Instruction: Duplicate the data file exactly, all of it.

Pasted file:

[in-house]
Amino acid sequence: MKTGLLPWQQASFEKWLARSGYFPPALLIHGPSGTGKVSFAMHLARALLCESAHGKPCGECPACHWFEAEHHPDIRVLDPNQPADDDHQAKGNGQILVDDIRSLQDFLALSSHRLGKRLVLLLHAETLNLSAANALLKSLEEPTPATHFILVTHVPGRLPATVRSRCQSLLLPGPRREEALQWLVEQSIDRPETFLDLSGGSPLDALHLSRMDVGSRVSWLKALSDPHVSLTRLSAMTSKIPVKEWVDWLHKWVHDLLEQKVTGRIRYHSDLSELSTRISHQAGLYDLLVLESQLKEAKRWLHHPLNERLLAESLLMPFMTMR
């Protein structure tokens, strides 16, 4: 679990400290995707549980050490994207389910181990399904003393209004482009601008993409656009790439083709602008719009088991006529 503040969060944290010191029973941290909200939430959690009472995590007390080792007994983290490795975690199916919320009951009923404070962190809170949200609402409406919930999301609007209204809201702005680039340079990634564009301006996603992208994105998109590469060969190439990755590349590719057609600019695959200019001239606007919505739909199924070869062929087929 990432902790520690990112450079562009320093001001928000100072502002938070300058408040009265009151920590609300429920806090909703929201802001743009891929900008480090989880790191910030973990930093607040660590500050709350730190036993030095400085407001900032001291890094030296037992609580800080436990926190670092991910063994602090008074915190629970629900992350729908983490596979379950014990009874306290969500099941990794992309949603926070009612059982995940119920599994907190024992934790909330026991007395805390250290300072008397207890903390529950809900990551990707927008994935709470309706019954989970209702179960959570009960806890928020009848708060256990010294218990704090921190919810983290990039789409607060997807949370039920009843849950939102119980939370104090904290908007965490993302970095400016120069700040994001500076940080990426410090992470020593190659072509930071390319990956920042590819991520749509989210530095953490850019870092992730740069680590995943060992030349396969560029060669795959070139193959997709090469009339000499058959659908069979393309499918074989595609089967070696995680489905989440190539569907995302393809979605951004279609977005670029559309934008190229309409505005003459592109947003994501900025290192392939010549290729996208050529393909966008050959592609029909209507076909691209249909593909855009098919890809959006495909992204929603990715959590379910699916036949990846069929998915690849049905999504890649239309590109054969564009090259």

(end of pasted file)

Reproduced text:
[in-house]
Amino acid sequence: MKTGLLPWQQASFEKWLARSGYFPPALLIHGPSGTGKVSFAMHLARALLCESAHGKPCGECPACHWFEAEHHPDIRVLDPNQPADDDHQAKGNGQILVDDIRSLQDFLALSSHRLGKRLVLLLHAETLNLSAANALLKSLEEPTPATHFILVTHVPGRLPATVRSRCQSLLLPGPRREEALQWLVEQSIDRPETFLDLSGGSPLDALHLSRMDVGSRVSWLKALSDPHVSLTRLSAMTSKIPVKEWVDWLHKWVHDLLEQKVTGRIRYHSDLSELSTRISHQAGLYDLLVLESQLKEAKRWLHHPLNERLLAESLLMPFMTMR
């Protein structure tokens, strides 16, 4: 679990400290995707549980050490994207389910181990399904003393209004482009601008993409656009790439083709602008719009088991006529 503040969060944290010191029973941290909200939430959690009472995590007390080792007994983290490795975690199916919320009951009923404070962190809170949200609402409406919930999301609007209204809201702005680039340079990634564009301006996603992208994105998109590469060969190439990755590349590719057609600019695959200019001239606007919505739909199924070869062929087929 990432902790520690990112450079562009320093001001928000100072502002938070300058408040009265009151920590609300429920806090909703929201802001743009891929900008480090989880790191910030973990930093607040660590500050709350730190036993030095400085407001900032001291890094030296037992609580800080436990926190670092991910063994602090008074915190629970629900992350729908983490596979379950014990009874306290969500099941990794992309949603926070009612059982995940119920599994907190024992934790909330026991007395805390250290300072008397207890903390529950809900990551990707927008994935709470309706019954989970209702179960959570009960806890928020009848708060256990010294218990704090921190919810983290990039789409607060997807949370039920009843849950939102119980939370104090904290908007965490993302970095400016120069700040994001500076940080990426410090992470020593190659072509930071390319990956920042590819991520749509989210530095953490850019870092992730740069680590995943060992030349396969560029060669795959070139193959997709090469009339000499058959659908069979393309499918074989595609089967070696995680489905989440190539569907995302393809979605951004279609977005670029559309934008190229309409505005003459592109947003994501900025290192392939010549290729996208050529393909966008050959592609029909209507076909691209249909593909855009098919890809959006495909992204929603990715959590379910699916036949990846069929998915690849049905999504890649239309590109054969564009090259």